Yes it totally takes additional time and attention to create a better presentation. You don't have to do it. But is it worth putting in an extra couple of hours to sell yourself in the best way possible?
This is the difference between when I sold logos for $350 versus $3,000.
Say "goodbye" to client disagreements...
#3 Make it about THEM, and THEIR CLIENTS
It's not about how creative you are or what you think. It's about how you can show the value of the work to their audience.
Take the time to understand what their key-performance-indicators look like in the beginning of your process. Understand what success looks like for your clients, and what goals they are looking to achieve.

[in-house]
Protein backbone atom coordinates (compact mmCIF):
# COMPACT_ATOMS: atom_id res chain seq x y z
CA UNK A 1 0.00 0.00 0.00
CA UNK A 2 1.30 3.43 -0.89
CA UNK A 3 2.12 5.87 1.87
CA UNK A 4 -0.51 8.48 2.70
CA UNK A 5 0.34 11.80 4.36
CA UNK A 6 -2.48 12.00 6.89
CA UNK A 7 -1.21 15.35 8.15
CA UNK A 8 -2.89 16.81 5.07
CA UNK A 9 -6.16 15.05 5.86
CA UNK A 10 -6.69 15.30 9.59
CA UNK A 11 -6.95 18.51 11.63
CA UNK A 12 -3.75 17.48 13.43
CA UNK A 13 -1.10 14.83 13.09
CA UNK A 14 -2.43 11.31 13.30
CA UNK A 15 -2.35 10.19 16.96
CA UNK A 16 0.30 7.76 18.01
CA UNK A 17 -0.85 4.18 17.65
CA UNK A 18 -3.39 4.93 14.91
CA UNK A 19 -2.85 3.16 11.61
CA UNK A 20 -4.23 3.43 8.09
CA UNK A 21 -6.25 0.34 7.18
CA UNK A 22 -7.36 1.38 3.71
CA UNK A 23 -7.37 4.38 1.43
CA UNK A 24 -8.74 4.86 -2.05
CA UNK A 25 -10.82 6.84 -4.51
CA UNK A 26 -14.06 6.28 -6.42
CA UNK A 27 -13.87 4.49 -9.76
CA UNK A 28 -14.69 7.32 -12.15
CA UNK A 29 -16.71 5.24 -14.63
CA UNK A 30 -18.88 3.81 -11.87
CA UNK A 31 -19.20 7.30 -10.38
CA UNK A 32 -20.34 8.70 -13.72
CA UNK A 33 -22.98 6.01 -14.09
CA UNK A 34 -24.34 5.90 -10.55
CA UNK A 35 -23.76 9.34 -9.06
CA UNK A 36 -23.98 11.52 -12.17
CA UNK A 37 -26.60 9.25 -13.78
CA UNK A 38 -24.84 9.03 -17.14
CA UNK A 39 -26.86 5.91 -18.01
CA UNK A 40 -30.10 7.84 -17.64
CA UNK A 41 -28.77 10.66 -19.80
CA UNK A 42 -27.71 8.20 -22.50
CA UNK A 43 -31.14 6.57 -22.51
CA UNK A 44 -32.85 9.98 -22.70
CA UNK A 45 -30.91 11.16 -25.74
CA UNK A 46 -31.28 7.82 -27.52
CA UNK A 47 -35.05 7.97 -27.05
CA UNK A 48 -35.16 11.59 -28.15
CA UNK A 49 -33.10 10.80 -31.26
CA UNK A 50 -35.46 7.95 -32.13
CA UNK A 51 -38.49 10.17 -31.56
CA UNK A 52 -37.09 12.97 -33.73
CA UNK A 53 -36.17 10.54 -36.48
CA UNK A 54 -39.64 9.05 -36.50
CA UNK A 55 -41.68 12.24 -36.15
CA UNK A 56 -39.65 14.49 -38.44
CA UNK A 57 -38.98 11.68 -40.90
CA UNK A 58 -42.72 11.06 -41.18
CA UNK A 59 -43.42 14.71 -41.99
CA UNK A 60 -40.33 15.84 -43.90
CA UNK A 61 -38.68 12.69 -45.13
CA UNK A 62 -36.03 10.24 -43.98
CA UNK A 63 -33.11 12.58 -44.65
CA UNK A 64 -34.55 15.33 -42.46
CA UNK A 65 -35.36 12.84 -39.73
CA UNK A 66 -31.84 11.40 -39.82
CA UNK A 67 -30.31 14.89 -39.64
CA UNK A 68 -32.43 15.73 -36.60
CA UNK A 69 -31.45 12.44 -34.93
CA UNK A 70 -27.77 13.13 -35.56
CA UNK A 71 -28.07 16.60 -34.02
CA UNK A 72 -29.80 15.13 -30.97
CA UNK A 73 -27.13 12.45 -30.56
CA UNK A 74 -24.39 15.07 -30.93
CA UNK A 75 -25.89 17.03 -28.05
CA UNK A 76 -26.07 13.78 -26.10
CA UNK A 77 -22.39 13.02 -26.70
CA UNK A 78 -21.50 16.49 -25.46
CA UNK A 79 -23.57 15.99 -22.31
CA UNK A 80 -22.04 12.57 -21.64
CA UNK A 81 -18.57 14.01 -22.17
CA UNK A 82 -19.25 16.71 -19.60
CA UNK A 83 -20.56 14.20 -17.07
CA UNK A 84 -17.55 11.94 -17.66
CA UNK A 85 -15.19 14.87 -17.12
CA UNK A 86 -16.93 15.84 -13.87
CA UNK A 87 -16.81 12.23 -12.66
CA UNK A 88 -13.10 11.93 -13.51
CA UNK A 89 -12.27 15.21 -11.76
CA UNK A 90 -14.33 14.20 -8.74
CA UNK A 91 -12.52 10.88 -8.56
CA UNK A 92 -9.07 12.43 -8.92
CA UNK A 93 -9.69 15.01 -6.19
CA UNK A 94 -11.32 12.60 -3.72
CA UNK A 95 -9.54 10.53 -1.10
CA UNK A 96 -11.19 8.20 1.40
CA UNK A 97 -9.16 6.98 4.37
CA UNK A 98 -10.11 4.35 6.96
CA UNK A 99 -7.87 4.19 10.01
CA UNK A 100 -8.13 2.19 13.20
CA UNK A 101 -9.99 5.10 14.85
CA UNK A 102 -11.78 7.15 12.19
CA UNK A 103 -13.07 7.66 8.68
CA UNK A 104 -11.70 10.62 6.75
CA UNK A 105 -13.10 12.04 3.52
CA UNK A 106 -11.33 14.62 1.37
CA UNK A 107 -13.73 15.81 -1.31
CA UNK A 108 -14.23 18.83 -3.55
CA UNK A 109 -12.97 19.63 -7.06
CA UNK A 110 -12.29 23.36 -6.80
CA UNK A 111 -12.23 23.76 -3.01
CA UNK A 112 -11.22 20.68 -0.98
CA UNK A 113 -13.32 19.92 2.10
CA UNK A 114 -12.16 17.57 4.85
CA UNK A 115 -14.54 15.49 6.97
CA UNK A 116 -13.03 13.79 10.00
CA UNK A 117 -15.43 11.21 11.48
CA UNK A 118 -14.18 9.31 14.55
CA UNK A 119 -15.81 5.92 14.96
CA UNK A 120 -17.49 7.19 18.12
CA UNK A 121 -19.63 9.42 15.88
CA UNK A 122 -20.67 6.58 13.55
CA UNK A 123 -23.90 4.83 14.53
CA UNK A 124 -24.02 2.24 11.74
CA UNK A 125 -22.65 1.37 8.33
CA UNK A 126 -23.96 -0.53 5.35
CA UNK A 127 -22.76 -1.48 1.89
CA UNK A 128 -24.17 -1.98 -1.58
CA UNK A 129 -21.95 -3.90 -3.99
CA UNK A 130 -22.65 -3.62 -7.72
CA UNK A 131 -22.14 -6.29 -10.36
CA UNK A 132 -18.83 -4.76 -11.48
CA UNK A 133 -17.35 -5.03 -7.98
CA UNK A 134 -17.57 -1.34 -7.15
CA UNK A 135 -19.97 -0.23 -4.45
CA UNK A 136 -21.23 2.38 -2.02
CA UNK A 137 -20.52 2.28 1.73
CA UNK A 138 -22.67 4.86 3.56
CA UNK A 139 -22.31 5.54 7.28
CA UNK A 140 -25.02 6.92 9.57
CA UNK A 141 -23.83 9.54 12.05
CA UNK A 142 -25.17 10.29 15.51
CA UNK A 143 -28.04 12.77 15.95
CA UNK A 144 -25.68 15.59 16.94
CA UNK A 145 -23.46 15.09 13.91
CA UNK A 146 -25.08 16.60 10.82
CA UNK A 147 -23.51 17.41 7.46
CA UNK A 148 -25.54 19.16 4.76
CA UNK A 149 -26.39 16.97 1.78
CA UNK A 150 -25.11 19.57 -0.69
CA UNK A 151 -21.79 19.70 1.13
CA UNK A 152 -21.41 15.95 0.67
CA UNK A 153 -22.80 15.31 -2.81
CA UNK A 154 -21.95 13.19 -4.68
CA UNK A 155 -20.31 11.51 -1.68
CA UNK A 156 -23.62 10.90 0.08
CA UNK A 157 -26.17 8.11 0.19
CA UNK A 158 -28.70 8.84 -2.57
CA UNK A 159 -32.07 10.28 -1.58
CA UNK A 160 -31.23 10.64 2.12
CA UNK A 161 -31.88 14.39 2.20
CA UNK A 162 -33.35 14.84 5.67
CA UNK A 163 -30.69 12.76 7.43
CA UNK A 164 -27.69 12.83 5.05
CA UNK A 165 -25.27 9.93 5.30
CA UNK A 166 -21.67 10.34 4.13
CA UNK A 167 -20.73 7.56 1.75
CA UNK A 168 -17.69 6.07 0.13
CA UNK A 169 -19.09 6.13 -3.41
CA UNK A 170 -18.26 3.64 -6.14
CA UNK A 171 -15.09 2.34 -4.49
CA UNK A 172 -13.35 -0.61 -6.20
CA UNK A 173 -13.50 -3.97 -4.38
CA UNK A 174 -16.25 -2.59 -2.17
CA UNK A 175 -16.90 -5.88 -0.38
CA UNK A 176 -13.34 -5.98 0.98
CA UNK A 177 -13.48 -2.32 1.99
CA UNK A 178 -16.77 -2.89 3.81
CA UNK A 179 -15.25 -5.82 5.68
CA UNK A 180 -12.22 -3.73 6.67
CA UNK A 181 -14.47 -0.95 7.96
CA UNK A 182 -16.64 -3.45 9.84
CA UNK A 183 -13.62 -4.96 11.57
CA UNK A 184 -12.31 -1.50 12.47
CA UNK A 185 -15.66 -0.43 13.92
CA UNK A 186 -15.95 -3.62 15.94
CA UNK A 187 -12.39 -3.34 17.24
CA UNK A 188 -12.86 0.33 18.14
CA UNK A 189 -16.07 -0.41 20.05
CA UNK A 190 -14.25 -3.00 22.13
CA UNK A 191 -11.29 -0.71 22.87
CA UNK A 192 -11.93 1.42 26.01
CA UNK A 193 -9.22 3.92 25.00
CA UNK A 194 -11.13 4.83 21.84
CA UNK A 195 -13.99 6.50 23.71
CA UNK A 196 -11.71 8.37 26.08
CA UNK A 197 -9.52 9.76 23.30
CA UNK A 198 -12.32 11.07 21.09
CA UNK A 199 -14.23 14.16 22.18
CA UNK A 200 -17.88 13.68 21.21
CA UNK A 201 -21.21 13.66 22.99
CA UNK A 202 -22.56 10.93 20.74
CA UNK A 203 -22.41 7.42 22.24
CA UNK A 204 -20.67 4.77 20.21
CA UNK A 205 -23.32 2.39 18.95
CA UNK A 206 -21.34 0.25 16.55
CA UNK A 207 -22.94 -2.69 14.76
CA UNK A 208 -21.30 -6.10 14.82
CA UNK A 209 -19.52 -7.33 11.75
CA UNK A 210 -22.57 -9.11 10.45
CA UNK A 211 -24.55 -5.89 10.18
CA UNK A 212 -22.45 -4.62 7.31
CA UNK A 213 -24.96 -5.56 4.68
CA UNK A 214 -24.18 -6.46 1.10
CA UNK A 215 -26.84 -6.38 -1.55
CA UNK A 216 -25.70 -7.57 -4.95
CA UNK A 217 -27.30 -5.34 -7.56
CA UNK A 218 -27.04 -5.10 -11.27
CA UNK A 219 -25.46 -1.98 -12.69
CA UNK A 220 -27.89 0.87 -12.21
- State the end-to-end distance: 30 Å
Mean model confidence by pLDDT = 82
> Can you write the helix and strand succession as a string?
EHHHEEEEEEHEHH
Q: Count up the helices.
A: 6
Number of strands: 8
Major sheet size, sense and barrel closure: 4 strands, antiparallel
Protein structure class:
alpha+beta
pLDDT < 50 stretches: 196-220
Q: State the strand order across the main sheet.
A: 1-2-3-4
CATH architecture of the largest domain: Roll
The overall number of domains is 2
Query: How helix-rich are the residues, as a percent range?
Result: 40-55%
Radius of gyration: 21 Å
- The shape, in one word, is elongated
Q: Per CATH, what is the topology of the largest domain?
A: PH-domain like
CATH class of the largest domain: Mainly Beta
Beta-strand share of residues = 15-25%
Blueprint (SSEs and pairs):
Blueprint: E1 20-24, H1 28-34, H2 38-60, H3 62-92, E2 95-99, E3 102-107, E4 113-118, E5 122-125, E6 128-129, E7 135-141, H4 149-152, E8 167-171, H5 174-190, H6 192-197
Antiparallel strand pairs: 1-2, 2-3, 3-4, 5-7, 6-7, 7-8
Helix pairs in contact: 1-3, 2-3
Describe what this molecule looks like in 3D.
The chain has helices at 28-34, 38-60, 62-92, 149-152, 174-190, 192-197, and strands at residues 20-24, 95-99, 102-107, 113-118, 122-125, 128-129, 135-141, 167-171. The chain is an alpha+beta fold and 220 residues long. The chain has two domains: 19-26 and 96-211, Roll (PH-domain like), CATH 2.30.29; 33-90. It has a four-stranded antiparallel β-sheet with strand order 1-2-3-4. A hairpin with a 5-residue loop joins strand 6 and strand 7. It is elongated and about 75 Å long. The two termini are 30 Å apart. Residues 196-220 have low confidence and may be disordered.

Use their goals to sell your ideas after you've placed all your creative attention into making a beautiful logo or website.
Sell the end result.
You've created a magical formula where your design meets the client goals. Remember to tell your clients how the design accomplishes what they were looking for.
That's our goal as creatives anyway right!?
We are here to create a happy medium of something beautiful with practical application. The designs must connect with the client, and even more importantly, must connect with the audience.
Selling these ideas with confidence and consideration will be sure to have all your creative ideas heard and chosen! Obviously, there are some trickier clients... that just means you have an opportunity to communicate even better than you ever have before.
This article was originally posted at: JustCreative.com